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This article was originally published on Simply Wall St News
Merck (NYSE:MRK) looks like it has bottomed out and set to potentially enter a bull run. We are going to take a look at how well has Merck been investing funds, and do the fundamentals present a baseline from which the company can grow.
How well a company invests its capital can be a leading indicator to the long term performance. That is why so many investors are interested in return metrics such as Return on Equity (ROE), Return on Assets (ROA), Return on Capital Employed (ROCE).
We will focus on ROCE here, but you can view the other return measures in our company report HERE.
What is Return On Capital Employed (ROCE)?
Just to clarify if you're unsure, ROCE is a metric for evaluating how much pre-tax income (in percentage terms) a company earns on the capital invested in its business. To calculate this metric for Merck, this is the formula:
Return on Capital Employed = Earnings Before Interest and Tax (EBIT) ÷ (Total Assets - Current Liabilities)
0.24 = US$17b ÷ (US$91b - US$22b) (Based on the trailing twelve months to June 2021).
Therefore, Merck has an ROCE of 24%.
In absolute terms that's a great return and it's even better than the Pharmaceuticals industry average of 11%.
In the above chart we have measured Merck's prior ROCE against its prior performance, but the future is arguably more important. If you'd like, you can check out the forecasts from the analysts covering Merck here for free.
What Does the ROCE Trend For Merck Tell Us?
Merck is showing promise, given that its ROCE is trending up and to the right. Looking at the data, we can see that even though capital employed in the business has remained relatively flat, the ROCE generated has risen by 113% over the last five years.
This shows that Merck has been employing funds in projects that are now more successful than in the past. This means that the company has made some significant breakthroughs and that management has been choosing better projects.
So it's likely that the business is now reaping the full benefits of its past investments, since the capital employed hasn't changed considerably.
While their main revenue generator, the oncology drug Keytruda is expected to lose patent exclusivity by 2035, their two diabetic drug Januvia and Janumet are expected to lose their patents as soon as 2023, and the company has currently no exclusive alternatives for diabetes. Merck made about 11% from their diabetes drugs in the last quarter, and this portion of revenues may be jeopardized by the end of 2023.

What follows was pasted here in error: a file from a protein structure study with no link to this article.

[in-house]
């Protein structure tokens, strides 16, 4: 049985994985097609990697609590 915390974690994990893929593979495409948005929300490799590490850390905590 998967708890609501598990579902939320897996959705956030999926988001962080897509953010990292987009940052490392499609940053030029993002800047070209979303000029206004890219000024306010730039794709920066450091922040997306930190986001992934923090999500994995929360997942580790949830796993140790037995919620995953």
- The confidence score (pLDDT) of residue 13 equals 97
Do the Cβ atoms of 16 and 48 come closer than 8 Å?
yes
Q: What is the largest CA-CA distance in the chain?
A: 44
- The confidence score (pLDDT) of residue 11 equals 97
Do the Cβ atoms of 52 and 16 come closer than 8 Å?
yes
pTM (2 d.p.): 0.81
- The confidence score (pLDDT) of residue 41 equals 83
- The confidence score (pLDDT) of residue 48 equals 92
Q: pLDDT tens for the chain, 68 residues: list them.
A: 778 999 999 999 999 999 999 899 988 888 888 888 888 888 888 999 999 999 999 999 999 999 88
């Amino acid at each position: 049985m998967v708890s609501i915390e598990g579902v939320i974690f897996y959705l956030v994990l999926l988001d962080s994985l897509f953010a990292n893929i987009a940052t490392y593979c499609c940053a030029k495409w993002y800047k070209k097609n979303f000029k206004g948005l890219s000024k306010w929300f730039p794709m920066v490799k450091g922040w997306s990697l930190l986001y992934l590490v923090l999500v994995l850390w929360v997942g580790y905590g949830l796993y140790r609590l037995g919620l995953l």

The company received some great news yesterday, as a preclinical study reported a 658% increase in STING agonist when used in combination with Vesselon Inc.'s Drug. In a nutshell, the combination of approaches by both Merck and Vesselon on the treatment, reduced the close and distant tumors in 44% of subjects achieved with intravenous administration.
The recent study is very interesting and can be read here.
Unfortunately, the company has also discontinued their COVID-19 vaccine candidates in a news release today. Interestingly, the news is bundled together with their statement that they are continuing the development of Two Investigational Therapeutic Candidates.
On a fundamental level, the company looks like it is stabilizing and building on growth potential with smarter investments and a return on capital employed of 24%.
There have been some very important recent developments in their pipeline, with the promising results for cancer treatment being offset by the shutting down of their COVID-19 vaccine development. It seems that Merck is stabilizing on a fundamental level, and investors might want to wait and see if the initial results can be incorporated in the future financial performance.
On a separate note, we've found 4 warning signs for Merck you'll probably want to know about.
Merck is not the only stock earning high returns. If you'd like to see more, check out our free list of companies earning high returns on equity with solid fundamentals.
Simply Wall St analyst Goran Damchevski and Simply Wall St have no position in any of the companies mentioned. This article is general in nature. We provide commentary based on historical data and analyst forecasts only using an unbiased methodology and our articles are not intended to be financial advice. It does not constitute a recommendation to buy or sell any stock and does not take account of your objectives, or your financial situation. We aim to bring you long-term focused analysis driven by fundamental data. Note that our analysis may not factor in the latest price-sensitive company announcements or qualitative material.